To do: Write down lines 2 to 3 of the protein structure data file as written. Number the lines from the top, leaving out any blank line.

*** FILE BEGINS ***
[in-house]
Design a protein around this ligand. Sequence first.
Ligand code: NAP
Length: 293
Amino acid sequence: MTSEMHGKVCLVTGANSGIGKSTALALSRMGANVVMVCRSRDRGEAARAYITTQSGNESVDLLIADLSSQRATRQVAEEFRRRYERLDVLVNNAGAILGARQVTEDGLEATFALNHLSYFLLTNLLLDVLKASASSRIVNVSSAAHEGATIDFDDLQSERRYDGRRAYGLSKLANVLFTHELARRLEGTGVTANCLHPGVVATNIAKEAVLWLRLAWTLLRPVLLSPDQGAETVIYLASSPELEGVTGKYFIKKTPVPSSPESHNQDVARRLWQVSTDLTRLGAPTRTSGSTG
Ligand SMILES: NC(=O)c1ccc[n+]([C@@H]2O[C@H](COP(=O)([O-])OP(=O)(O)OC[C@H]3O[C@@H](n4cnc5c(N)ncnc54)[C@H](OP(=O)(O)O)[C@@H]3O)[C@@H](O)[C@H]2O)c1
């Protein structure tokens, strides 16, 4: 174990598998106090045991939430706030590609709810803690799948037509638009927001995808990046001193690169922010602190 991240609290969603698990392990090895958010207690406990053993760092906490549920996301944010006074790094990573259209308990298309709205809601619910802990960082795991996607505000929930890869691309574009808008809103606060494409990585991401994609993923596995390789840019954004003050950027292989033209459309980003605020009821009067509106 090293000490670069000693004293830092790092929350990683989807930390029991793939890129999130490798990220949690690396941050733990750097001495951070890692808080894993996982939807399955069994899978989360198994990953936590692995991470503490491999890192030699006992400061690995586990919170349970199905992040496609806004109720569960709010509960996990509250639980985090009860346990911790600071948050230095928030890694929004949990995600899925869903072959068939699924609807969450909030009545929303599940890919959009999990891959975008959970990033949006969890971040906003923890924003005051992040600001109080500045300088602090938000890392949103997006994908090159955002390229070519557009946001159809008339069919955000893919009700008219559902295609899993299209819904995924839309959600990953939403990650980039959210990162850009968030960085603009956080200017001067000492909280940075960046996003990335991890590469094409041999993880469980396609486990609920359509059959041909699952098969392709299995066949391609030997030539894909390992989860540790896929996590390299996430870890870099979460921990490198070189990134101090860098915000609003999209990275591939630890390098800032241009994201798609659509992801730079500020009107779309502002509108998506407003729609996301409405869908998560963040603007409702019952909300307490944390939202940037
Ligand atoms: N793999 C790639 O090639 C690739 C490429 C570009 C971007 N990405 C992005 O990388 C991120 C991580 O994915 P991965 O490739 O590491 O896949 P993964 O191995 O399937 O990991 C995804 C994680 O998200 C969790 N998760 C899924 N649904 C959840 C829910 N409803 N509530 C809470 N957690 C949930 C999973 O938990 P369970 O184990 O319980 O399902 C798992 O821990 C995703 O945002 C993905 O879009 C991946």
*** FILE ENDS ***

Design a protein around this ligand. Sequence first.
Ligand code: NAP